Safe Lifting Techniques

Safe Lifting Techniques

As part of the goal of accident prevention, we want to provide education to everyone on safe lifting techniques in order to prevent back injuries. Please note the information and diagram below which outline the basic rules for proper lifting.

Quick lifting tips:

  • Before lifting, make sure your path is dry and clear of objects that could cause a fall.
  • Bend your knees and keep your back straight. (Lift with your legs, not your back.)
  • Bring the load close to your body.
  • Lift in a slow, even motion.
  • Don't twist your body. If you must turn, move your feet.
  • Keep your back straight when putting down the load.

The weight of the objects you lift is an important factor in determining your risk of injury, and you will want to be especially careful when lifting heavy items such as storage boxes full of files and cases of copy paper. However, weight is not the only thing that determines your risk of injury.The following chart notes the effect that posture can have when combined with lifting different size loads:


More on lifting techniques:

  1. Keep the load close: Holding a 20 pound object with your hands 20 inches from the body creates more compressive force on your low back than holding it 10 inches away. This is because the muscles in your back have to work harder to counterbalance the weight when it is further from the body. As the compressive force on your low back increases, so does the risk of muscle strains, ligament sprains and damage to disks in the spine.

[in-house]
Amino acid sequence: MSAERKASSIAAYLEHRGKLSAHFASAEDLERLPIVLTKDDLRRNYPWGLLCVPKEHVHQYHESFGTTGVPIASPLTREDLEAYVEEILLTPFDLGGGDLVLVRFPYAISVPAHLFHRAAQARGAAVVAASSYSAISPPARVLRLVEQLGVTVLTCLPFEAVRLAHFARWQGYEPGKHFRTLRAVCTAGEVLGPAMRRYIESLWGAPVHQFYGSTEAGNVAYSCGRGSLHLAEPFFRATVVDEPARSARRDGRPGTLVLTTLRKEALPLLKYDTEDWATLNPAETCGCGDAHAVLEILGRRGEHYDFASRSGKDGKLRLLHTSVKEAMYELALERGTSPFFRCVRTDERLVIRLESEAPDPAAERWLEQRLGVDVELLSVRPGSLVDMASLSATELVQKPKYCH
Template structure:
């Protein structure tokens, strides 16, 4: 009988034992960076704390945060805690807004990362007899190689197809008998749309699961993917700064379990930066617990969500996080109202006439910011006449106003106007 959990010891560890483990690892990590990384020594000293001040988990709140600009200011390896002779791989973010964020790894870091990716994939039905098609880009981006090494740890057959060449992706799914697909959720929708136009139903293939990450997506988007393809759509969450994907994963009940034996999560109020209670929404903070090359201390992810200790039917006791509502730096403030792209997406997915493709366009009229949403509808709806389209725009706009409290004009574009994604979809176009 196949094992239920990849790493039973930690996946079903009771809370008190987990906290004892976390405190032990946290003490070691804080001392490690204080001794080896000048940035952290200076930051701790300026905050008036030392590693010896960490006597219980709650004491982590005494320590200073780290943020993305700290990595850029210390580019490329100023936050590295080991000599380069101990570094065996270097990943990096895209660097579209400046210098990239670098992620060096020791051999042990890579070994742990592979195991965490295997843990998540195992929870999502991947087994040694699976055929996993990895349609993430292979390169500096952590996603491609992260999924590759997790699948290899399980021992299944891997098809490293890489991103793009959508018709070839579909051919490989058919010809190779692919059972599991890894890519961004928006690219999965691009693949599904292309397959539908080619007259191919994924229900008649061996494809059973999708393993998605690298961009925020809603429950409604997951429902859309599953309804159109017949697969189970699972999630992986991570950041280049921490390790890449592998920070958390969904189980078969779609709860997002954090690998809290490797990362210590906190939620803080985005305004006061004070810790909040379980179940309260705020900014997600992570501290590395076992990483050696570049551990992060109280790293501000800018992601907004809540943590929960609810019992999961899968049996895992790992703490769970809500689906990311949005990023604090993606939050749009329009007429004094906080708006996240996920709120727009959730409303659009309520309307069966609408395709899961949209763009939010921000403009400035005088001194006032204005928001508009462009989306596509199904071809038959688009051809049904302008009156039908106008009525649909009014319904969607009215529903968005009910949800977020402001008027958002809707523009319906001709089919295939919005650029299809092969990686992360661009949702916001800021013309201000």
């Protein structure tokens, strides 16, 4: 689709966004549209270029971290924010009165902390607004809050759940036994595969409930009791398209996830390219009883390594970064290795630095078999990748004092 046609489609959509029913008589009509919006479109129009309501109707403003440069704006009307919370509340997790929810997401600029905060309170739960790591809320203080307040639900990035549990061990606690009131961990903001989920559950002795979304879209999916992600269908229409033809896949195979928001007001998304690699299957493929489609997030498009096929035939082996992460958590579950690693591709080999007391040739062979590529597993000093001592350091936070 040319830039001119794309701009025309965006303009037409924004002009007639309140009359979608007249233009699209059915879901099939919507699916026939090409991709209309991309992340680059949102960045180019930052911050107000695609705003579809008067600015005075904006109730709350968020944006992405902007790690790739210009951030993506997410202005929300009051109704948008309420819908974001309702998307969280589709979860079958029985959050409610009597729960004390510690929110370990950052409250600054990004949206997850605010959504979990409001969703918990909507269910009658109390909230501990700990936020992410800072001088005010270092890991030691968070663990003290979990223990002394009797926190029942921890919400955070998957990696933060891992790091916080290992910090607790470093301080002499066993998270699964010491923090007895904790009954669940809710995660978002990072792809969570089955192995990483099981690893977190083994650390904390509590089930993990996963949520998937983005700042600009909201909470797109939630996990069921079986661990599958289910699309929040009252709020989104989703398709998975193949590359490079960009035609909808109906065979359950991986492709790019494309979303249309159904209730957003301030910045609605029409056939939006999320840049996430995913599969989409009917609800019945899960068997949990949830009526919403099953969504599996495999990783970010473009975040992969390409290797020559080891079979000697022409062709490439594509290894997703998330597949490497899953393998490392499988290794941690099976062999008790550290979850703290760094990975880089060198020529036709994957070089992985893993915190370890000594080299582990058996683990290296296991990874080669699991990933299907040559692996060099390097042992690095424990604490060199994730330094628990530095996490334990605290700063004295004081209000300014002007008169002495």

2. Avoid lifting from the floor: Lifting from the floor can greatly increase your risk of injury for two reasons. Firstly, it is difficult to bring objects close to your body when picking them up from the floor, especially large objects where your knees can get in the way. Secondly, your low back must now support the weight of your upper body as you lean forward, in addition to supporting the weight of the item you are lifting. Lifting the same 20 pounds from the floor more than doubles the amount of force on your low back when compared with lifting it from waist height. Even a one pound object lifted from the floor increases your risk of injury if you use a bent over posture.
  3. Plan ahead: Decide how you will lift, carry, and place the item before you pick it up. Test the weight of the load by moving or tipping it before you pick it up. Figure out if you can break the load down by placing the contents of a large container into a number of smaller ones before moving them.
  4. Get help when you need it: Don't try to lift heavy or awkward loads on your own. Even though the muscles in your upper body may be strong enough to handle the load, the muscles, ligaments and disks in your low back may not be because of the additional forces they have to withstand. Get help from a co-worker, and whenever possible, use a cart, hand truck or other mechanical device to move the load for you.

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